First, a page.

Brickell, T. A., French, L. M., Sullivan, J. K., Varbedian, N. V., Wright, M. M., & Lange, R. T. (2022). Unhealthy family functioning is associated with health-related quality of life among military spouse caregivers. Psychological Trauma: Theory, Research, Practice, and Policy, 14(4), 587–596. https://doi.org/10.1037/tra0001055

Focus:

Veterans
Physical health
Mental health
Couples

Branch of Service:

Multiple branches

Military Affiliation:

Veteran

Population:

Adulthood (18 yrs & older)
Thirties (30 - 39 yrs)
Middle age (40 - 64 yrs)


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Research & Summary

Authors: Brickell, Tracey A.; French, Louis M.; Sullivan, Jamie K.; Varbedian, Nicole V.; Wright, Megan M.; Lange, Rael T.

Year: 2021

Abstract

Objective: The current study examines health-related quality of life (HRQOL) and family functioning in a sample of spouse caregivers assisting post-9/11 service members and veterans (SMV) following traumatic brain injury (TBI). Method: Participants were 316 spouse (and partner) caregivers of SMVs following a mild, moderate, severe, or penetrating TBI. Caregivers completed the Family Assessment Device General Functioning subscale, 24 HRQOL questionnaires, and the Mayo-Portland Adaptability Inventory (4th ed.; MPAI-4). The sample was divided into two family functioning groups: Healthy Family Functioning (HFF; n = 162) and Unhealthy Family Functioning (UFF; n = 154). Scores on HRQOL measures that generate T scores using normative data were classified as “clinically elevated,” using a cutoff of > 60T. Results: Compared with the HFF group, caregivers in the UFF group reported worse scores on all HRQOL measures and worse SMV functional ability on the MPAI-4 Adjustment Index and Anxiety, Depression, and Irritability/Anger/Aggression items (all psds = .41–1.36). A significantly higher proportion of the UFF group had clinically elevated HRQOL scores compared with the HFF group on the majority of measures (Hs = .24–.75). When examining all HRQOL measures simultaneously, the UFF group consistently had a significantly higher cumulative percentage of clinically elevated scores compared with the HFF group (e.g., ≥ 5 clinically elevated scores: UFF = 53.9% vs. HFF = 22.2%; H = .68). Conclusions: Caring for a SMV following TBI with comorbid mental health problems may have negative implications for their family functioning and the caregiver’s HRQOL. Family-centered interventions could be beneficial for military families experiencing distress following SMV TBI and mental health comorbidity.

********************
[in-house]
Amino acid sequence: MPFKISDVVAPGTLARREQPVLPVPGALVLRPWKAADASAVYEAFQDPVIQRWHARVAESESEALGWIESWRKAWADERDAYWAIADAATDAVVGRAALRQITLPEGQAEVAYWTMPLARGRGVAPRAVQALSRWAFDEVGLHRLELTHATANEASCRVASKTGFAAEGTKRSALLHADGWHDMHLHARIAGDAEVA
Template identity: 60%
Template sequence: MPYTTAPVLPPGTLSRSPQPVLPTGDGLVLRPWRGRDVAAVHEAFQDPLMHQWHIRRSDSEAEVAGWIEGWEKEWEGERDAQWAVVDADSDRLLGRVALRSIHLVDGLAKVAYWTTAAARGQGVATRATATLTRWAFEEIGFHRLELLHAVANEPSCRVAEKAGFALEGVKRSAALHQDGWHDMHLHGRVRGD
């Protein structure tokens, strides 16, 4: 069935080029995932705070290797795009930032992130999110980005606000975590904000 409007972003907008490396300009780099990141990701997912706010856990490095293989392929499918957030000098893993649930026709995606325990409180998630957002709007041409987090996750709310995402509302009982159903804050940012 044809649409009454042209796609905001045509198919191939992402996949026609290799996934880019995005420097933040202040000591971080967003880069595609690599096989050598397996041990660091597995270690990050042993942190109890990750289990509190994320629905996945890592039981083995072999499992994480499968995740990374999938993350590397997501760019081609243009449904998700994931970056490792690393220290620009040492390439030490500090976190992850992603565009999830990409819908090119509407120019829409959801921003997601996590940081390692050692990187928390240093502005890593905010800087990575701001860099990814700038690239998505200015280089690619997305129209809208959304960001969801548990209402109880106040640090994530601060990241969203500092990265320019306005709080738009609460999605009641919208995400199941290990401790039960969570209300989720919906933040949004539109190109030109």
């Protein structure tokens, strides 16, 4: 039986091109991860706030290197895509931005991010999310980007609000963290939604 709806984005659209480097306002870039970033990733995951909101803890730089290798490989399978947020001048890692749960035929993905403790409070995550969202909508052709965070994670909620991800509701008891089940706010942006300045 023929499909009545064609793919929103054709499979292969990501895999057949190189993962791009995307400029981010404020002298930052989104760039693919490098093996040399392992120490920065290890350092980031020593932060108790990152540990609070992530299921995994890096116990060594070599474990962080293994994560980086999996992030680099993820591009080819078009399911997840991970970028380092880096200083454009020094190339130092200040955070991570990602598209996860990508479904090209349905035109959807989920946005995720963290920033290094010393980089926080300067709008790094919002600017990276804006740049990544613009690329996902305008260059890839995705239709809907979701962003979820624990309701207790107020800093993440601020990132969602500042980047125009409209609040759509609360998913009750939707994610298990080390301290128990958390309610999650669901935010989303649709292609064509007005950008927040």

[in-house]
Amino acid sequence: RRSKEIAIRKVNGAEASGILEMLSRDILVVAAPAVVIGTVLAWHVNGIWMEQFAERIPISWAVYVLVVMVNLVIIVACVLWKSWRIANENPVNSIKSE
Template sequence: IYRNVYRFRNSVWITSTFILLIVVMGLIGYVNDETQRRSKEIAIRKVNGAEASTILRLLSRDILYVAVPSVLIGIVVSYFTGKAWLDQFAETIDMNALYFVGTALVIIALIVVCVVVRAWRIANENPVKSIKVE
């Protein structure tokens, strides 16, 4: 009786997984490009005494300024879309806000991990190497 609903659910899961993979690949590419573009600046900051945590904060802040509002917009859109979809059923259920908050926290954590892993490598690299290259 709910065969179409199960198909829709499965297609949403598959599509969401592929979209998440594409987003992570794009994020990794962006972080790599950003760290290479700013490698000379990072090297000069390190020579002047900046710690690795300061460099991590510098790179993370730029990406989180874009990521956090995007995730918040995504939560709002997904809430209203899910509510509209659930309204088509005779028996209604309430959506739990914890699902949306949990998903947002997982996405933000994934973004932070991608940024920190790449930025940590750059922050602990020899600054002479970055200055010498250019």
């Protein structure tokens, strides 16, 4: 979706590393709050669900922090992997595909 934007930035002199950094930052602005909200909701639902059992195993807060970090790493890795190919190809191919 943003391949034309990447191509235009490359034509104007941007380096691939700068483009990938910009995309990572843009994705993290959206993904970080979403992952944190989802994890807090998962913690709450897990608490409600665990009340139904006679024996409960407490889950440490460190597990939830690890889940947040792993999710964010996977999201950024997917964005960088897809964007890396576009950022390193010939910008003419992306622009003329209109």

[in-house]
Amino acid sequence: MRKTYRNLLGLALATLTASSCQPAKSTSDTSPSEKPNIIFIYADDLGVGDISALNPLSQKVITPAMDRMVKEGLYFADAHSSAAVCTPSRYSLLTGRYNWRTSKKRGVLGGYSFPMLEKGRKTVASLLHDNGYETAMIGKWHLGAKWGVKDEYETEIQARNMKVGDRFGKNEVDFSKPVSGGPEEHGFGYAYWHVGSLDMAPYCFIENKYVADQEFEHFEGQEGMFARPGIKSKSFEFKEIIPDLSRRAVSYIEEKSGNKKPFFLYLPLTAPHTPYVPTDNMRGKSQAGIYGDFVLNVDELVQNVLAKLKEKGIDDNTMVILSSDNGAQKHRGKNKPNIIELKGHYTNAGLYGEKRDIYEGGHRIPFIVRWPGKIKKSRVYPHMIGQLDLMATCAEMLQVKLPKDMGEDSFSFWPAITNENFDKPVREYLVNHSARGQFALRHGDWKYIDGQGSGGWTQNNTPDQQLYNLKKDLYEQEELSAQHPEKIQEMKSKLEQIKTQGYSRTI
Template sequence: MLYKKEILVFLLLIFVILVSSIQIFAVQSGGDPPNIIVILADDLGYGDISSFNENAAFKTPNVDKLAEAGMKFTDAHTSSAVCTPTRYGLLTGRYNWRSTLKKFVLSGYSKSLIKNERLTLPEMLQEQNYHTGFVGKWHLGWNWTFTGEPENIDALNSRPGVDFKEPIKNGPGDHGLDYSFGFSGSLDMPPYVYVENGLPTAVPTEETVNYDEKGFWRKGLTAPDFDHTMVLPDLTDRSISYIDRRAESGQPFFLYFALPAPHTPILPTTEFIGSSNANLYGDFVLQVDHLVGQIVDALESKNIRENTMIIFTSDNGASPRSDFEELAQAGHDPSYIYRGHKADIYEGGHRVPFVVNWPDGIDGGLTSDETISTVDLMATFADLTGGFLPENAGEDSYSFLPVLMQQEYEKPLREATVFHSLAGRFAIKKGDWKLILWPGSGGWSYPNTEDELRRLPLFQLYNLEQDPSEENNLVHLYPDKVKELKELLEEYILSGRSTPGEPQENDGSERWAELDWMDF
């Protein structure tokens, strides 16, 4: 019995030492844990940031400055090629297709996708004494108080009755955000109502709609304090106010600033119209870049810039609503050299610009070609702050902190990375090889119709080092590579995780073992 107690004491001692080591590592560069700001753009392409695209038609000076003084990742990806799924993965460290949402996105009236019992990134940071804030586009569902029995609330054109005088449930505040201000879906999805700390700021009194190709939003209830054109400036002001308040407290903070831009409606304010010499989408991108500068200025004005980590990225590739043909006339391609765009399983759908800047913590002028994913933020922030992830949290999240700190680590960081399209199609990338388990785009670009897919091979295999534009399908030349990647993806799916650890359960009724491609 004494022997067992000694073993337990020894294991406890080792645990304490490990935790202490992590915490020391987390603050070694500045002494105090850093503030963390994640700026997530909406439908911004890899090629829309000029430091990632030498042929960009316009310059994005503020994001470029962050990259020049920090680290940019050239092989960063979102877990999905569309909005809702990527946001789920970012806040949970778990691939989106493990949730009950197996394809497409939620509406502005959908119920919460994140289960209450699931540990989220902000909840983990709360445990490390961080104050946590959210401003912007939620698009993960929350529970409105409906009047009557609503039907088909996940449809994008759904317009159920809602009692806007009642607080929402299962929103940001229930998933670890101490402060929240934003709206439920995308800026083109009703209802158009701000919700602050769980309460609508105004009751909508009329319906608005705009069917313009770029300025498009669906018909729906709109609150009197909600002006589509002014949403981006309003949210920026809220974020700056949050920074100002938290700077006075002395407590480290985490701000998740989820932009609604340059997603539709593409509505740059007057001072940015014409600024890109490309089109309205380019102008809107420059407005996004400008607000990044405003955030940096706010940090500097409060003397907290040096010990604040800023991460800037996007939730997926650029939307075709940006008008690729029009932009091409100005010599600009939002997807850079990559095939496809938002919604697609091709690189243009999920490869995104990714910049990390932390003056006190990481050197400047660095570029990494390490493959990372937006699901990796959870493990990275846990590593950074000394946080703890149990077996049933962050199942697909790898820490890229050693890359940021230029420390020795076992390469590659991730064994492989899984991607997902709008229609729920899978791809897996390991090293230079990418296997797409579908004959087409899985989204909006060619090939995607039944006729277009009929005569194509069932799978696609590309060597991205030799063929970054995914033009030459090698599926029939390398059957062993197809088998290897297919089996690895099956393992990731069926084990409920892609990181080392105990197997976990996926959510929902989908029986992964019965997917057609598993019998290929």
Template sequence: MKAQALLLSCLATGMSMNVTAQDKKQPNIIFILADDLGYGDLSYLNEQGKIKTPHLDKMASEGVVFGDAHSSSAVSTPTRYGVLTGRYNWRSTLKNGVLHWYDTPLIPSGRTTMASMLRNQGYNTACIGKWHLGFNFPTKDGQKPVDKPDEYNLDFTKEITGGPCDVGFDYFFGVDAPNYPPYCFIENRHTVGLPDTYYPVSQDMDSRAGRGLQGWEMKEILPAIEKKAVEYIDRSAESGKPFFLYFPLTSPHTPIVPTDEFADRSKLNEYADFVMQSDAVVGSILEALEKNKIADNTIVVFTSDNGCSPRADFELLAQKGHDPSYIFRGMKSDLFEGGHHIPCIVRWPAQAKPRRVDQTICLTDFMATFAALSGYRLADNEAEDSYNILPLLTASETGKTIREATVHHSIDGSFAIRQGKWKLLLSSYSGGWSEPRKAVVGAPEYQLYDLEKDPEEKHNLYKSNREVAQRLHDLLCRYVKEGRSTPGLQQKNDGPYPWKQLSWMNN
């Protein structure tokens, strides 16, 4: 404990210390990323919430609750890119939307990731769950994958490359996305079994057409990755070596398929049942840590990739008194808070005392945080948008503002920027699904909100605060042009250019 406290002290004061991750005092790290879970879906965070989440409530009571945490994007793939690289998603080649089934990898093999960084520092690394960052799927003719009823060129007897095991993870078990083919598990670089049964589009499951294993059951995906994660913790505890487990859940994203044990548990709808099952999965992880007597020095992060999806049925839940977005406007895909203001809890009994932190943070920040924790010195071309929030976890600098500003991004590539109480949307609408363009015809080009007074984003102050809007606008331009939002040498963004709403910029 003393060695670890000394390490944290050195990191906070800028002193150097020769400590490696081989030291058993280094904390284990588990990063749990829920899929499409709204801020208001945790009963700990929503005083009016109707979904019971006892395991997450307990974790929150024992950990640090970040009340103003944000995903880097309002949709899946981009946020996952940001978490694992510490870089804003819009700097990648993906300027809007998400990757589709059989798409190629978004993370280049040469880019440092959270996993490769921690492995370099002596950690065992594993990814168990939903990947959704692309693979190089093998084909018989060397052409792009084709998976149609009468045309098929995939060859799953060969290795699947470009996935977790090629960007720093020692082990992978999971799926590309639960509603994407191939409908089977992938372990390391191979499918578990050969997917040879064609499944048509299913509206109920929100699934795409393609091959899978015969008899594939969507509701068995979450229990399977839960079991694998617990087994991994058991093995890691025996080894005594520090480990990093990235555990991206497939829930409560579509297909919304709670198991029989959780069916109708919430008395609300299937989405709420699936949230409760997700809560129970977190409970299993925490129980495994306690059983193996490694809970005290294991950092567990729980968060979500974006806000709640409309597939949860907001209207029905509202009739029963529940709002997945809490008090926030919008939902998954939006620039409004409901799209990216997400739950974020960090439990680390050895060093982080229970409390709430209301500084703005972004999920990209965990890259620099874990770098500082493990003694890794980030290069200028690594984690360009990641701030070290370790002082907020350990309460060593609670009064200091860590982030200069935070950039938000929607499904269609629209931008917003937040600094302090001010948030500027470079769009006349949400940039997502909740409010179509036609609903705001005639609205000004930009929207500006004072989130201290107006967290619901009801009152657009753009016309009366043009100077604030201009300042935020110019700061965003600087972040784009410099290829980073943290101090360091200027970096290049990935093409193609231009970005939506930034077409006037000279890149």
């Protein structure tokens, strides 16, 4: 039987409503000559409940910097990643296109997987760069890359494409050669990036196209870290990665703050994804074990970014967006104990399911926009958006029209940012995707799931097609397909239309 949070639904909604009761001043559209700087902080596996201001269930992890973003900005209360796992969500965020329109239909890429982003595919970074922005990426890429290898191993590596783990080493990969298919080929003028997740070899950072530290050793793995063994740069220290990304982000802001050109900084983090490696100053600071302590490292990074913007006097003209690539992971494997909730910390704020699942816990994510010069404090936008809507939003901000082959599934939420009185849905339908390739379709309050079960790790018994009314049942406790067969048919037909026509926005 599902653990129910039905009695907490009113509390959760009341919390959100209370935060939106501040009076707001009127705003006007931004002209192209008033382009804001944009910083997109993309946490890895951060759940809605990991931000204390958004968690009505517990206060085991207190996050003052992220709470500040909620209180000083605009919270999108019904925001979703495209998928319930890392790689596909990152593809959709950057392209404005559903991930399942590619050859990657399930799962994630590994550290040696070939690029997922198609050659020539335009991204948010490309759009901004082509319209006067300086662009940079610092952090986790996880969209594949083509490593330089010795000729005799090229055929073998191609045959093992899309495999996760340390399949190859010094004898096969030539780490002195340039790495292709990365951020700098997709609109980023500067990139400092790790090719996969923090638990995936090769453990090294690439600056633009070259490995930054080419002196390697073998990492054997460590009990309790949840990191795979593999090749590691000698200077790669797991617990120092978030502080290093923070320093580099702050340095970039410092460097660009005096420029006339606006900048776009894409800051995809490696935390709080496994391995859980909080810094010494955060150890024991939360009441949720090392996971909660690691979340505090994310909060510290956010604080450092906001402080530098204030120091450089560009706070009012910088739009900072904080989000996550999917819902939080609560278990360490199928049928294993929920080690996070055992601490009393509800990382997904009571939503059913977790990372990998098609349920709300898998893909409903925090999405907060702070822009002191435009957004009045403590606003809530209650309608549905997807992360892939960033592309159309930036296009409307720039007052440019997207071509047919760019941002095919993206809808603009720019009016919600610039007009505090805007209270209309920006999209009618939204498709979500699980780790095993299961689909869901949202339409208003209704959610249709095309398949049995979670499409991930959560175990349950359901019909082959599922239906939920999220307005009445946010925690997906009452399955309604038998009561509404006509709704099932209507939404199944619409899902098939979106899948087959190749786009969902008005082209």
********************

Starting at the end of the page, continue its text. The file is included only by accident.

10 A program evaluation of a recreation-based military family camp

A program evaluation of a recreation-based military family camp

APA Citation:

Mitchell, K., Townsend, J., Hawkins, B. L., & Van Puymbroeck, M. (2019). A program evaluation of a recreation-based military family camp. American Journal of Recreation Therapy, 18(4), 19–26. https://doi.org/10.5055/ajrt.2019.0199

Focus:

Programming
Parents
Children
Mental health

Branch of Service:

Multiple branches

Military Affiliation:

Veteran

Population:

Childhood (birth - 12 yrs)
Adolescence (13 - 17 yrs)
Adulthood (18 yrs & older)
Young adulthood (18 - 29 yrs)
Thirties (30 - 39 yrs)
Middle age (40 - 64 yrs)


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Research & Summary

Authors: Mitchell, Kathryn; Townsend, Jasmine; Hawkins, Brent; Puymbroeck, Marieke Van

Year: 2019

Abstract